GDP growth in Europe remained relatively slow in 2014. Low investment stands against a pick-up in demand and growth acceleration. The fall in crude oil prices could, however, provide a boost to economic growth.
Decreasing commodity and oil prices are shifting wealth from commodity-exporting countries to commodity-importing ones. The falling energy prices have had a particularly adverse effect on Russia. In 2014, the Russian GDP rose by 0.6%, which was the lowest since 2009 financial crisis. The ruble fell 46% against the dollar and inflation accelerated to 11.4% in December.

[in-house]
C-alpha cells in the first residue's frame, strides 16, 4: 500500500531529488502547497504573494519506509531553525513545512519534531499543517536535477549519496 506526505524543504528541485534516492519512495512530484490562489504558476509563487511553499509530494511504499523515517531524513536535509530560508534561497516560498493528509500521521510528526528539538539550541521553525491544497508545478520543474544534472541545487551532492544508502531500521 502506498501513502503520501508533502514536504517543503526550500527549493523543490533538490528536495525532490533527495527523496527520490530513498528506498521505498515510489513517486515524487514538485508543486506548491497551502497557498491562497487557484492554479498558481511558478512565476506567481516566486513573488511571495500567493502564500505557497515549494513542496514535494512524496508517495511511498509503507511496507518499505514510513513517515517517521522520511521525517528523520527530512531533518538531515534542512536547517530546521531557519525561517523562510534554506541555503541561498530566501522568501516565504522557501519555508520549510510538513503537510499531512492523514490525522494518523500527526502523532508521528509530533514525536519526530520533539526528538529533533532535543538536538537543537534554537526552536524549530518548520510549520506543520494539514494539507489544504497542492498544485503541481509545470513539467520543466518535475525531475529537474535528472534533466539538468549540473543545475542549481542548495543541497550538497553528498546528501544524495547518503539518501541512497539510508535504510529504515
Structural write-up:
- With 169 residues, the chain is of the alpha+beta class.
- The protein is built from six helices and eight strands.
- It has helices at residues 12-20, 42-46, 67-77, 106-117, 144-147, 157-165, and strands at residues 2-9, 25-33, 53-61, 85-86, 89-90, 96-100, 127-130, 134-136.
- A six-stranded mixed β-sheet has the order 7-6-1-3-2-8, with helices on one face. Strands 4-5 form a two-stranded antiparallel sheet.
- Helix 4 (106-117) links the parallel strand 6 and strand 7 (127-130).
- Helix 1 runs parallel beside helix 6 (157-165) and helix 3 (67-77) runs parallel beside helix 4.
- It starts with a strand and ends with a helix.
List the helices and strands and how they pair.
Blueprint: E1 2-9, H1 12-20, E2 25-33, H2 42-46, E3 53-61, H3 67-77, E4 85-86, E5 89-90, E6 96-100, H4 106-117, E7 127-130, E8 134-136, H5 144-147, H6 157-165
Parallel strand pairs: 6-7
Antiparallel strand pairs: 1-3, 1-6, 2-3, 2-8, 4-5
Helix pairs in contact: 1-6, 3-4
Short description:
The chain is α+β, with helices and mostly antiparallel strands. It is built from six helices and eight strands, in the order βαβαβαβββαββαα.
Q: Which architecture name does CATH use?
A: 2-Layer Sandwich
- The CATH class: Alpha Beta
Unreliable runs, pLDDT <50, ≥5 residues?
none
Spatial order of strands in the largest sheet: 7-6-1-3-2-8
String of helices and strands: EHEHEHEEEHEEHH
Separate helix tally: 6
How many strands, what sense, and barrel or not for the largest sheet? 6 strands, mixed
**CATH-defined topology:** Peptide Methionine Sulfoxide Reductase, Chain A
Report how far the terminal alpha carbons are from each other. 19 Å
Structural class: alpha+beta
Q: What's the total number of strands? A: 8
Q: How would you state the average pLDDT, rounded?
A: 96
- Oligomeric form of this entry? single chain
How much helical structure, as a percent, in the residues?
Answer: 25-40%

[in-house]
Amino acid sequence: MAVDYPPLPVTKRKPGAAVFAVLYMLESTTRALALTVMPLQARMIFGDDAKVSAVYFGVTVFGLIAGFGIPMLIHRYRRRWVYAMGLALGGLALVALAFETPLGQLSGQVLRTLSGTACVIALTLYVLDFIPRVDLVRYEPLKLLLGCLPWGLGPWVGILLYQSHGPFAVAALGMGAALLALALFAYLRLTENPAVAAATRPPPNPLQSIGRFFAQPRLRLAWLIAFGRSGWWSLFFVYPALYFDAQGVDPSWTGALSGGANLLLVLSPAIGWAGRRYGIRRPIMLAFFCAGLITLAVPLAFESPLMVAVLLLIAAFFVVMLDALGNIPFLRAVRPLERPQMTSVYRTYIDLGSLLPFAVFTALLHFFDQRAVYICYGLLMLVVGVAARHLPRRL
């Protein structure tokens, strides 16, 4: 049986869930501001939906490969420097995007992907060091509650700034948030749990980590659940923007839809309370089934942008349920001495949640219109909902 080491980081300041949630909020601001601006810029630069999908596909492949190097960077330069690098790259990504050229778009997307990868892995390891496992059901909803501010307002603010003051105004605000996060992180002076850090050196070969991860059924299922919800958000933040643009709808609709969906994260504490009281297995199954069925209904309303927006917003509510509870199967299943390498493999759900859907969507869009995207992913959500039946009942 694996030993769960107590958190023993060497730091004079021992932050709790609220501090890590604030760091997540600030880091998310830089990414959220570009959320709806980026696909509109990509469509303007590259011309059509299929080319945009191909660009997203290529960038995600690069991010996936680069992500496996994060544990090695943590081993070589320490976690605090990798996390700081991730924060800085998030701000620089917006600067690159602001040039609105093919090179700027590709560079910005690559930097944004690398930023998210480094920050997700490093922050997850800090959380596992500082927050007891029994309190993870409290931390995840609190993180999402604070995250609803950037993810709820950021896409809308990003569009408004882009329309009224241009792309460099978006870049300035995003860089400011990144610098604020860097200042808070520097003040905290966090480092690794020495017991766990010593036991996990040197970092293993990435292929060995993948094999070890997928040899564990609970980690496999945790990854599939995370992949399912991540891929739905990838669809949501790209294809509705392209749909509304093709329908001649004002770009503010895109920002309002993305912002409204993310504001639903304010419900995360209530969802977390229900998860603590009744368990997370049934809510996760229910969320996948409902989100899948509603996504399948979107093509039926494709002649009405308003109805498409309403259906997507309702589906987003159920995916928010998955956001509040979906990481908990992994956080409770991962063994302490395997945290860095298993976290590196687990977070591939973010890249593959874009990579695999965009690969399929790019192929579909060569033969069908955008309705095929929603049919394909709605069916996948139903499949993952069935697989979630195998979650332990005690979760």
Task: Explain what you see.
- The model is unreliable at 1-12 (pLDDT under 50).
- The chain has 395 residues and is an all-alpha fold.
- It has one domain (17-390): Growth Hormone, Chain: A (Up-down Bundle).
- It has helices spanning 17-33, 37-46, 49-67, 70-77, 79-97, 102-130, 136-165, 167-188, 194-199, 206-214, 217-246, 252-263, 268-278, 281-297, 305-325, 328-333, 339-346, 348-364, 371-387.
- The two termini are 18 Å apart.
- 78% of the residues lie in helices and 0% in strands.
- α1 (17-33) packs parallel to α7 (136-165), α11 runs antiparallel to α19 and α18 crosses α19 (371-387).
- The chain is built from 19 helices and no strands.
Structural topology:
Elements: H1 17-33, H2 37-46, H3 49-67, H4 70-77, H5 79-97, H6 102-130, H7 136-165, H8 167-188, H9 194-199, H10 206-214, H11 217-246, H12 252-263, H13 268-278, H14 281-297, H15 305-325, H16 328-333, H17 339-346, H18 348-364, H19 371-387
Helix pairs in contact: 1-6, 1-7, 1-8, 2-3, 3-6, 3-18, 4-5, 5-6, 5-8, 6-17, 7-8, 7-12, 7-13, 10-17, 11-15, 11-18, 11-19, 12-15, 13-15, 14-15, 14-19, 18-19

Strong growth in the US in 2014 has resulted in large changes in bilateral exchange rates. Euro fell 12% against the dollar in 2014. However, the situation has changed since the beginning of 2015, when the EU grew, for the first time since 2011, faster than the UK and the US. Industrial production in the EU exceeded analysts’ expectation more than twice in February. This has had a direct effect on the euro which has started to gain value against the dollar for the first time since May 2014.
Source : Deloitte